The President said, “I need loyalty, I expect loyalty.” I didn’t move, speak, or change my facial expression in any way during the awkward silence that followed. We simply looked at each other in silence.

Later, Trump again pressed Comey.

Near the end of our dinner, the President returned to the subject of my job, saying he was very glad I wanted to stay, adding that he had heard great things about me from Jim Mattis, Jeff Sessions, and many others. He then said, “I need loyalty.” I replied, “You will always get honesty from me.” He paused and then said, “That’s what I want, honest loyalty.” I paused, and then said, “You will get that from me.”

Normally, at this point, Comey might have stifled a sob or felt a clutching in his throat. 

It is possible we understood the phrase “honest loyalty” differently, but I decided it wouldn’t be productive to push it further.

Instead, he departed, his virtue intact. He retreated to his car, and before driving off, he wrote the entire discussion down, word for word, so as not to lose a single innuendo to the mercy of faulty memory.  Returning to his office, he logged his recollections in and then told his BFFs  about his trying evening at 1600 Pennsylvania Avenue.

Comey decided that he could never let himself to be left alone with the President.  Yet weeks later he found himself face-to-face with his tempter in the Oval Office, the President having excused all the other meeting participants. Trump moved in, invading Comey’s personal space. He asked Comey if he could see his way clear to let it go – the “Flynn” thing.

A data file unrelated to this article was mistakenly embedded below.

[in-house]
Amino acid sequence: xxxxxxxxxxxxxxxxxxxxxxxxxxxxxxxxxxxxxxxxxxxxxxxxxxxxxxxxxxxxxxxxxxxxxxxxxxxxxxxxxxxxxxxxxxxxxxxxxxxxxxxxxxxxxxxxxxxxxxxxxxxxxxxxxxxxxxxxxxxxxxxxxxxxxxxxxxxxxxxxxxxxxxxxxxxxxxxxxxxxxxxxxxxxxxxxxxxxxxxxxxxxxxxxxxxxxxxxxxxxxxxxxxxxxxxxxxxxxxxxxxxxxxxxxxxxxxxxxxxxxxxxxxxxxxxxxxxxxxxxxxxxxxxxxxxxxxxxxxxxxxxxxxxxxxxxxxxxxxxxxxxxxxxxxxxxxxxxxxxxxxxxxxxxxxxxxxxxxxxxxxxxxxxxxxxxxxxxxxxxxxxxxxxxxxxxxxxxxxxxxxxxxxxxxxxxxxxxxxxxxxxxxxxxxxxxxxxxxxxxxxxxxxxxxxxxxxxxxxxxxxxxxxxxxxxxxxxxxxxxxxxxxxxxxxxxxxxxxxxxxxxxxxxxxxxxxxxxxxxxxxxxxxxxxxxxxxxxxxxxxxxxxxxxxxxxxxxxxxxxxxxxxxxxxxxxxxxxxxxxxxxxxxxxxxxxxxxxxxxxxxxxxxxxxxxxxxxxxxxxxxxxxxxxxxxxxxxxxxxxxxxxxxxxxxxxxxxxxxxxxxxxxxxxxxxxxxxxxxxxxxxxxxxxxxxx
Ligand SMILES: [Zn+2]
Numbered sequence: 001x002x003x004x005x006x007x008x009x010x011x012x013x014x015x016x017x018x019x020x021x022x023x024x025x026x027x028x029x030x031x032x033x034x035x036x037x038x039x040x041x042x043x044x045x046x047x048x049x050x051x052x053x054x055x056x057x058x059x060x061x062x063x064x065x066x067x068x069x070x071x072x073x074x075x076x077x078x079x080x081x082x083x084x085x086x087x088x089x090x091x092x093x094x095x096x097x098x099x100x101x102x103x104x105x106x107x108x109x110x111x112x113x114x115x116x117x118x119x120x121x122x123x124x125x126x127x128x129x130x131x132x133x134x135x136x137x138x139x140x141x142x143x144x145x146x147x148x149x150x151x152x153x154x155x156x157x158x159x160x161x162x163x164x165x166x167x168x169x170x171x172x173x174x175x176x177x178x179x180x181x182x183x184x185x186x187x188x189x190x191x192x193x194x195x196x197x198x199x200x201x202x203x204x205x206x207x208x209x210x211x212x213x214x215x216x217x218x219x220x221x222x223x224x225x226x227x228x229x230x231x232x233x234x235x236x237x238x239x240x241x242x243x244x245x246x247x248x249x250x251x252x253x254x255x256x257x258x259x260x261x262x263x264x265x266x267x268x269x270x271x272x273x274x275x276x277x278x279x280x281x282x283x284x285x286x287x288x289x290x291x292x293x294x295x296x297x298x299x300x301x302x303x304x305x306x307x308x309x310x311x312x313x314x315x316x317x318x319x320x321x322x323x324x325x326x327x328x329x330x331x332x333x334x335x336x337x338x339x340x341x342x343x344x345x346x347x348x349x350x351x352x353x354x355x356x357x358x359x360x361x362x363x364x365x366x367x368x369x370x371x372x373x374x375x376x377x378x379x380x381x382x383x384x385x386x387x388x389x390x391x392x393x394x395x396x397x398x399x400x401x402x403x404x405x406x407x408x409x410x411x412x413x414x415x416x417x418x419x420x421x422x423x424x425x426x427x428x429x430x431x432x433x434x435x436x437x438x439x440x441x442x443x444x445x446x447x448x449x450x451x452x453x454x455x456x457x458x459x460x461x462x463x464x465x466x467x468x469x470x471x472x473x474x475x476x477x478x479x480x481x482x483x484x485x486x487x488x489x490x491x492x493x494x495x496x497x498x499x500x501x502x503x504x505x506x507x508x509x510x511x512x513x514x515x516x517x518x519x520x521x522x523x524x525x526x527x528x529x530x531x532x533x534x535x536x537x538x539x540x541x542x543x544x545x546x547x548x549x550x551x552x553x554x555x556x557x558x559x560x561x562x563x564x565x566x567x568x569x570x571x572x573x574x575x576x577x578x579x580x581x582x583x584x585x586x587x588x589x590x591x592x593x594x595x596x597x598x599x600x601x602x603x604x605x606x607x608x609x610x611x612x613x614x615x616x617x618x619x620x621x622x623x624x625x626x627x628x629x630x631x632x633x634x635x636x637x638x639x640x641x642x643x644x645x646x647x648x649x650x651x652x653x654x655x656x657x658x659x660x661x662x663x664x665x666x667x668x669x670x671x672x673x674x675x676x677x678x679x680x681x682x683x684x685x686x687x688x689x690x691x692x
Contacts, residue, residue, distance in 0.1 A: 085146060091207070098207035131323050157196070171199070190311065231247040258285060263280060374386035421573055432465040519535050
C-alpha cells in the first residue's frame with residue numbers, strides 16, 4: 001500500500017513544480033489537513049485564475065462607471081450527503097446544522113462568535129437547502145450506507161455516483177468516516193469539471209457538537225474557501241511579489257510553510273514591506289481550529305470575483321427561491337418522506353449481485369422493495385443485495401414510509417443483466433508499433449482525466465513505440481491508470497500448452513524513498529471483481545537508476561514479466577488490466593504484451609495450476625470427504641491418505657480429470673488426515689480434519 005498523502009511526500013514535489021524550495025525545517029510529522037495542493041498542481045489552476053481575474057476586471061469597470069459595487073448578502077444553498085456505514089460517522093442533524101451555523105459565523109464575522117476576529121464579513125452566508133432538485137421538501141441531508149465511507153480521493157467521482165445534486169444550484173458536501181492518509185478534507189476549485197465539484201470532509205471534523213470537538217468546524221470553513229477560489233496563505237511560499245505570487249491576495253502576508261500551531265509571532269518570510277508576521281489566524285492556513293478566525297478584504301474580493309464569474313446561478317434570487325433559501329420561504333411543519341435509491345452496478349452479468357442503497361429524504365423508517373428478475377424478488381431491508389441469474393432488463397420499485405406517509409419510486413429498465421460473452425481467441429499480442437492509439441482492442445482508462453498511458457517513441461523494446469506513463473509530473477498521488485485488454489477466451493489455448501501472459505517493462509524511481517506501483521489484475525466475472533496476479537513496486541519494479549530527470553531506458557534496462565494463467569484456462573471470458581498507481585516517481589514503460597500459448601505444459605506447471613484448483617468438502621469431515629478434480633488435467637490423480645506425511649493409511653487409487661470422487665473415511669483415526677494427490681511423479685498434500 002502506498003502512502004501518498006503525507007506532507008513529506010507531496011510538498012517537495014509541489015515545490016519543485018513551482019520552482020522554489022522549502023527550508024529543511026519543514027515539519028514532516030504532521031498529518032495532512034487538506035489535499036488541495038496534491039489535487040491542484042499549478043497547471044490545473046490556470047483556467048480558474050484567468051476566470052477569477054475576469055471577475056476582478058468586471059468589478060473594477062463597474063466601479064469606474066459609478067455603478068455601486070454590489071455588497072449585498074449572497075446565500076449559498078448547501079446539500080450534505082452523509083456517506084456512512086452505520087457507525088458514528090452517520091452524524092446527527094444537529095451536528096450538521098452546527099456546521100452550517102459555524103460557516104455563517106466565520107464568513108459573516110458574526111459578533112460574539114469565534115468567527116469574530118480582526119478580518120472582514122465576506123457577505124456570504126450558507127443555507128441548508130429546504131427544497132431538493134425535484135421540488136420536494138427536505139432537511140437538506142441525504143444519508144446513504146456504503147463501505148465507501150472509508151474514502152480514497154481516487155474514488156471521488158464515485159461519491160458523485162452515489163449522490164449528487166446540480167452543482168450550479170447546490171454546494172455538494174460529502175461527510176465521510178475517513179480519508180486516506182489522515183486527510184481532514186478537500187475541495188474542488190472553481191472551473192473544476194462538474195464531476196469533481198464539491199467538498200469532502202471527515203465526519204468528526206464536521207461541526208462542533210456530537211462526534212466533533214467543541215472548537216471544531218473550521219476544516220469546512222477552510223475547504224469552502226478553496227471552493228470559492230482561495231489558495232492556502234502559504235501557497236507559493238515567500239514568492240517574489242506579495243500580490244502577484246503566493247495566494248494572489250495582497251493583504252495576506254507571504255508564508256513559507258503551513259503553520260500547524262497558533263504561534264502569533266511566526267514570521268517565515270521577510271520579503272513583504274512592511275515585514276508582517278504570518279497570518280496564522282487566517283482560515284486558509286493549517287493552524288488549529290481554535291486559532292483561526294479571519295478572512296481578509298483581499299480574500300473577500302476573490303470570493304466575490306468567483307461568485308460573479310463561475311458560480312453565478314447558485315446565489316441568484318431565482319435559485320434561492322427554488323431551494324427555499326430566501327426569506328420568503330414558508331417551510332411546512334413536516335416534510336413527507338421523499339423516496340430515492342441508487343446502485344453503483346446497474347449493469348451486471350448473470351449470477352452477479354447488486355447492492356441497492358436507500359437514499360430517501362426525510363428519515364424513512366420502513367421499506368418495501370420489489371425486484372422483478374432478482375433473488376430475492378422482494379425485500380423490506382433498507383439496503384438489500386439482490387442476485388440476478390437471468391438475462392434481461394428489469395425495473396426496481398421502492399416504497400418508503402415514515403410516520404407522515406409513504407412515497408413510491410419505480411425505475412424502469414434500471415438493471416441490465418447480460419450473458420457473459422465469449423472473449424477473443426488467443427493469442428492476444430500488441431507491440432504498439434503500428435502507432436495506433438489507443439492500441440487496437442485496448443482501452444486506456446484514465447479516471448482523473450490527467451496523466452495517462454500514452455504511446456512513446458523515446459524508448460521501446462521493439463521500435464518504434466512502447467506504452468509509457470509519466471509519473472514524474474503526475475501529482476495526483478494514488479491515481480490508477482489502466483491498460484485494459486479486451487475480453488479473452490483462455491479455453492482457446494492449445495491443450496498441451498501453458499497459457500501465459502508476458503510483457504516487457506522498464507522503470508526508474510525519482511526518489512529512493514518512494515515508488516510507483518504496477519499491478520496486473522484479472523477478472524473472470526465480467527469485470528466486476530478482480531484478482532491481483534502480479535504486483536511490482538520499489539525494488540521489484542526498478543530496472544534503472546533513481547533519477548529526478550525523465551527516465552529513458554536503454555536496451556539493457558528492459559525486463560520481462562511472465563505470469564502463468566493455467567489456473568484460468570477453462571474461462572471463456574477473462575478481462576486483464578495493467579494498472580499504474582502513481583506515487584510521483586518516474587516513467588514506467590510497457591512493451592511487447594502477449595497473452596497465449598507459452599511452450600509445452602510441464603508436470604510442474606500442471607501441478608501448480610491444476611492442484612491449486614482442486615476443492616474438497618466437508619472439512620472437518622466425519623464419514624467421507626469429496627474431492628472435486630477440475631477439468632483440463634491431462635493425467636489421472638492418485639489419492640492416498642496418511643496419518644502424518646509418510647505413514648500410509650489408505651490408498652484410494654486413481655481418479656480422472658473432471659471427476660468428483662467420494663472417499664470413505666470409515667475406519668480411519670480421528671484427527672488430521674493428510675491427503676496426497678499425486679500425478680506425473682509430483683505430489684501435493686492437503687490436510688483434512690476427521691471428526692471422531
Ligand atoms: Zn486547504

When the door by the grandfather clock closed, and we were alone, the President began by saying, “I want to talk about Mike Flynn.” Flynn had resigned the previous day. The President began by saying Flynn hadn’t done anything wrong in speaking with the Russians, but he had to let him go because he had misled the Vice President. He added that he had other concerns about Flynn, which he did not then specify.

“He’s a good guy,” said Trump.

Comey pulled himself up to his full 6’8″ height, put on his stern face and, mildly nauseous, vomited a little in his mouth. After this meeting, Comey would not face Trump again. The President would not relent. He called, beseeching him to lift the cloud of inquiry over his head, to tell the world that he Donald John Trump, was not being investigated. Comey was wracked, pulled in opposite directions by honesty and loyalty.  He could not say anything because he thought it was possible that he would have to retract it.

In a final phone call,  suitor became tormentor.   Trump asked Comey why did he testify before Congress the week before that there was an open investigation, and why didn’t Comey say Trump was not under investigation.  Then Trump added: